Newspaper of Burlington Free Press, December 29, 1837, Page 2

Newspaper of Burlington Free Press dated December 29, 1837 Page 2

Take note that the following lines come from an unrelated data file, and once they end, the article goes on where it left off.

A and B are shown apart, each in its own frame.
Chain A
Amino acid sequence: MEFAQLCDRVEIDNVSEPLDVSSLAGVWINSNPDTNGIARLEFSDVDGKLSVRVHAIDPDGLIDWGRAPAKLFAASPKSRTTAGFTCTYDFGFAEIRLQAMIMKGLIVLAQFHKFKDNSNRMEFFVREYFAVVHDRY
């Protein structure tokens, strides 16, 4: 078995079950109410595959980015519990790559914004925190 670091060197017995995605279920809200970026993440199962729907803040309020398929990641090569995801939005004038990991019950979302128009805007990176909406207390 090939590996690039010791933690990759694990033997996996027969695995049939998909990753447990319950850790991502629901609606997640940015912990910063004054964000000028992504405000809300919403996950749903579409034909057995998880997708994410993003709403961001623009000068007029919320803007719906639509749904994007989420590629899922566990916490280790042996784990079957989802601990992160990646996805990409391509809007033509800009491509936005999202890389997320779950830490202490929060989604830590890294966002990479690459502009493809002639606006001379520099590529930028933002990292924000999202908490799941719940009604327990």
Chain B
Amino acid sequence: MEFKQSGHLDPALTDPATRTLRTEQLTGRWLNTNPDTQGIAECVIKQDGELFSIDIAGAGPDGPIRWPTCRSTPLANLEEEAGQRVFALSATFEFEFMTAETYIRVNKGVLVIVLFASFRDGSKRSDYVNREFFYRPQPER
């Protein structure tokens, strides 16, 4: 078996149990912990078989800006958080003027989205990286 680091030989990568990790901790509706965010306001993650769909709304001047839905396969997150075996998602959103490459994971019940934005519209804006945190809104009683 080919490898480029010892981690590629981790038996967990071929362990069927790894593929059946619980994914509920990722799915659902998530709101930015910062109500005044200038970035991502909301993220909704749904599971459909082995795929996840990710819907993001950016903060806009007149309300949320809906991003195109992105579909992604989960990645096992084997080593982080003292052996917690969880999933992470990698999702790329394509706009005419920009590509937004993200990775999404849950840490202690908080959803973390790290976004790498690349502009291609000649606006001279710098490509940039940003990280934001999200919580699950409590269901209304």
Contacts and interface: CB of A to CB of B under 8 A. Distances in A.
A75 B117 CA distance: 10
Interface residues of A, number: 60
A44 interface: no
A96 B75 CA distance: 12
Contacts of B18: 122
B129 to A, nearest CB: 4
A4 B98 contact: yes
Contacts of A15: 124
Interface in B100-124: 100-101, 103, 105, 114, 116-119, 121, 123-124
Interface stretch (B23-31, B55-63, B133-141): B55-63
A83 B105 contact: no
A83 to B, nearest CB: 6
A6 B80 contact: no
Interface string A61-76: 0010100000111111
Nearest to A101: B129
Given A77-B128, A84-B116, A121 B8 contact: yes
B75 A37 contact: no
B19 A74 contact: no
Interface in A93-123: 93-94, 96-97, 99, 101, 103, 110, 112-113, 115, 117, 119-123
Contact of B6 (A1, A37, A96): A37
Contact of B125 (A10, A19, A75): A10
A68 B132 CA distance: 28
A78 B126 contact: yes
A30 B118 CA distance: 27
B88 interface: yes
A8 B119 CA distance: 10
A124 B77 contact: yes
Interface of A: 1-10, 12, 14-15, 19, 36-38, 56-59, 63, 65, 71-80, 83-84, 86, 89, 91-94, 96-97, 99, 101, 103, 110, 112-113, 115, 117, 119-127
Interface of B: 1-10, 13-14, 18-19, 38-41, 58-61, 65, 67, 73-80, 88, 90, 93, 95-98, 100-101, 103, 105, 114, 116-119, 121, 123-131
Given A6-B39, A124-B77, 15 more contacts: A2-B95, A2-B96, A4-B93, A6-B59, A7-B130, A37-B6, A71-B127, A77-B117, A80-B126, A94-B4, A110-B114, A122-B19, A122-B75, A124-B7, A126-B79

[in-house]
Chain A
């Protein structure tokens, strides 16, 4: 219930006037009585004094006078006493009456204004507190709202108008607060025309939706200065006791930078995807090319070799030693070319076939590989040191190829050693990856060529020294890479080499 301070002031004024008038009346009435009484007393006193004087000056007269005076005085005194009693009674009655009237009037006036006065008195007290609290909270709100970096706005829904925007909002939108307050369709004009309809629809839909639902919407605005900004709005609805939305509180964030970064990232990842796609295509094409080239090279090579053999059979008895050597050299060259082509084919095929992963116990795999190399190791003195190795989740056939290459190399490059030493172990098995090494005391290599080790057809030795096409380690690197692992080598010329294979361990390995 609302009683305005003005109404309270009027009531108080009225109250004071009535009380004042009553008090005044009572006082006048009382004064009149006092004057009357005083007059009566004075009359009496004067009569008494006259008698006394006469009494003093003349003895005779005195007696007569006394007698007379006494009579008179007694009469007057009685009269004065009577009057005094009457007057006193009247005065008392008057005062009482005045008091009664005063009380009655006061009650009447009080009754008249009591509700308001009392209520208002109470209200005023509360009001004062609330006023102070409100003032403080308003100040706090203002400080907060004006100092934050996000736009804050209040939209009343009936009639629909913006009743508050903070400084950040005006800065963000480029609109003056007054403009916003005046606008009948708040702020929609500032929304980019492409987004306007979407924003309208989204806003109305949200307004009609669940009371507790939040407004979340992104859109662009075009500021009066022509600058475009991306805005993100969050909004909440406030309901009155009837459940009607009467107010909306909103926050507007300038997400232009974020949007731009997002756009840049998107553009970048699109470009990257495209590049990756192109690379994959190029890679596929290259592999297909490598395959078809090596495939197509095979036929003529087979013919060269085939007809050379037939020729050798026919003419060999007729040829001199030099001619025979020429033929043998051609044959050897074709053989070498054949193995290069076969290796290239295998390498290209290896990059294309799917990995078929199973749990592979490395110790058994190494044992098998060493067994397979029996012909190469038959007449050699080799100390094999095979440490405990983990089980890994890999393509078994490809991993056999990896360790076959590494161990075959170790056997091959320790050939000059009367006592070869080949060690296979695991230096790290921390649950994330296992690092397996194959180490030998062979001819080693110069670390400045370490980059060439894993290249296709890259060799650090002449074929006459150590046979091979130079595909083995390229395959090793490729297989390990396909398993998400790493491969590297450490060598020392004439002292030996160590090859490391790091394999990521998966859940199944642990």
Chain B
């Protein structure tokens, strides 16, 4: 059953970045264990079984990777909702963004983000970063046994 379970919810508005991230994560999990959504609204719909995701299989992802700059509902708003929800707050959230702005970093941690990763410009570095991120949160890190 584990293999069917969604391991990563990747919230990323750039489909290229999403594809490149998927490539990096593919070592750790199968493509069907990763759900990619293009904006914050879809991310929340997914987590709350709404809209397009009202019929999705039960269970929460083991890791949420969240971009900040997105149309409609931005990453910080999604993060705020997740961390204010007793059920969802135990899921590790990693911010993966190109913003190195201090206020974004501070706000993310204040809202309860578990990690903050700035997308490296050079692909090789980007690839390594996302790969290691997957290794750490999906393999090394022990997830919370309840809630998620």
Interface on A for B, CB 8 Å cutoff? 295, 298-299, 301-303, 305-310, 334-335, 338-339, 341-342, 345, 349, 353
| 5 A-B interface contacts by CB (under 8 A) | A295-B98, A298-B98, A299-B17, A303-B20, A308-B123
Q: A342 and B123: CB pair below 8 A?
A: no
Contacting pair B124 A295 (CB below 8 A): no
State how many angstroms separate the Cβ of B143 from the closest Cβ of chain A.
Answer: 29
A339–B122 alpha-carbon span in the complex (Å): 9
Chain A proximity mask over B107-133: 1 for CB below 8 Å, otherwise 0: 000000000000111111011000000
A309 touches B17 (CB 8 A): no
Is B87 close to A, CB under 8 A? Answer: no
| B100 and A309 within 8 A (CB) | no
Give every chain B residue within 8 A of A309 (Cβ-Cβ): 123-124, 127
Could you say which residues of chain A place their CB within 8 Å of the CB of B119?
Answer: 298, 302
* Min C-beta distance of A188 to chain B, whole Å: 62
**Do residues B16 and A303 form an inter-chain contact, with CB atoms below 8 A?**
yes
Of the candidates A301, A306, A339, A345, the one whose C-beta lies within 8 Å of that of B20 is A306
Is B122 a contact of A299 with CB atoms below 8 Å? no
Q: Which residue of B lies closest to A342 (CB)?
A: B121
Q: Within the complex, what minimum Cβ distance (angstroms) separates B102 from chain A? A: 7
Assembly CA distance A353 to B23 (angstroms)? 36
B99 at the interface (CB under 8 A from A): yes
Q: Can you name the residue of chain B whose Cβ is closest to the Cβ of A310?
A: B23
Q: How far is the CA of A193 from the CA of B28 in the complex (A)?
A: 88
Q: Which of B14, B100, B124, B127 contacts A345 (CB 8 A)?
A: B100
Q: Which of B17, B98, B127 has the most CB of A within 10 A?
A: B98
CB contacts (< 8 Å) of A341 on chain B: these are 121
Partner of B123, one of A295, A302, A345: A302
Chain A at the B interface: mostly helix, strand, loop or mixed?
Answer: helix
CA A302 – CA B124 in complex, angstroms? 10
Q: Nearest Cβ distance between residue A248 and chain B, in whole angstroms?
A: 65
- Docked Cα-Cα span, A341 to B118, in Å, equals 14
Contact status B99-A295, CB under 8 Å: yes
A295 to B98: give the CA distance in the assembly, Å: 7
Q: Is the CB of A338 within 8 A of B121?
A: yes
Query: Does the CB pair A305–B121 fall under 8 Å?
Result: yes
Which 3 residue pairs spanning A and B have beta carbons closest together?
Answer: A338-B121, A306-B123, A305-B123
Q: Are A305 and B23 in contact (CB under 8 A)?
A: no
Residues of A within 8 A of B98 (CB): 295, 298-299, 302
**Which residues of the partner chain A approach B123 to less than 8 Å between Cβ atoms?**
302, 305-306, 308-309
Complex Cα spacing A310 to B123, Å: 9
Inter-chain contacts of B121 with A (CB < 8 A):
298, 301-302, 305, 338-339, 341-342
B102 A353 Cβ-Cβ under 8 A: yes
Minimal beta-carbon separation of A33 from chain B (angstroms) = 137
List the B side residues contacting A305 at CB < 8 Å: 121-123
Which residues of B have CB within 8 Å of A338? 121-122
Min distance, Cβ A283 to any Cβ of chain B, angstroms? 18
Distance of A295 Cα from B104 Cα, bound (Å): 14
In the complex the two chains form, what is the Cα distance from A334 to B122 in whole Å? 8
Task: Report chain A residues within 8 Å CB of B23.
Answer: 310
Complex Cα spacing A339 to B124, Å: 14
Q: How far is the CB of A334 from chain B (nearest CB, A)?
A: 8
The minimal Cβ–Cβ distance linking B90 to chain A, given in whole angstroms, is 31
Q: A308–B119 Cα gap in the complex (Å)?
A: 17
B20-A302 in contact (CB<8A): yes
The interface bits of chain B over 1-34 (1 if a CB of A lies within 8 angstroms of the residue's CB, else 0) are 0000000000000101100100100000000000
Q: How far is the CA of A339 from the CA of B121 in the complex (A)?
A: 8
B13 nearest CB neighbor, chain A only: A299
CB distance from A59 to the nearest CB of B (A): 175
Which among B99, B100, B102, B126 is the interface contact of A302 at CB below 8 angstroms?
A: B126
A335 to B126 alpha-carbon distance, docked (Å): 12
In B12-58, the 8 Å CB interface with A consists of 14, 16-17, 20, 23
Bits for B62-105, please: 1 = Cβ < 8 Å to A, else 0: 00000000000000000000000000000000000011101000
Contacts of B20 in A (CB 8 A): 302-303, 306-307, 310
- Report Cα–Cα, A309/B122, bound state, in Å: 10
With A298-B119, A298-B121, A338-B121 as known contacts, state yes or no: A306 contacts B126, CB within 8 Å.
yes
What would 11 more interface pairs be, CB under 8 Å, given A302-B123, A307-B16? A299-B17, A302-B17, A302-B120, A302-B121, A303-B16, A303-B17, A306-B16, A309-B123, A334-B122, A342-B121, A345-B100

Text content (automatically generated)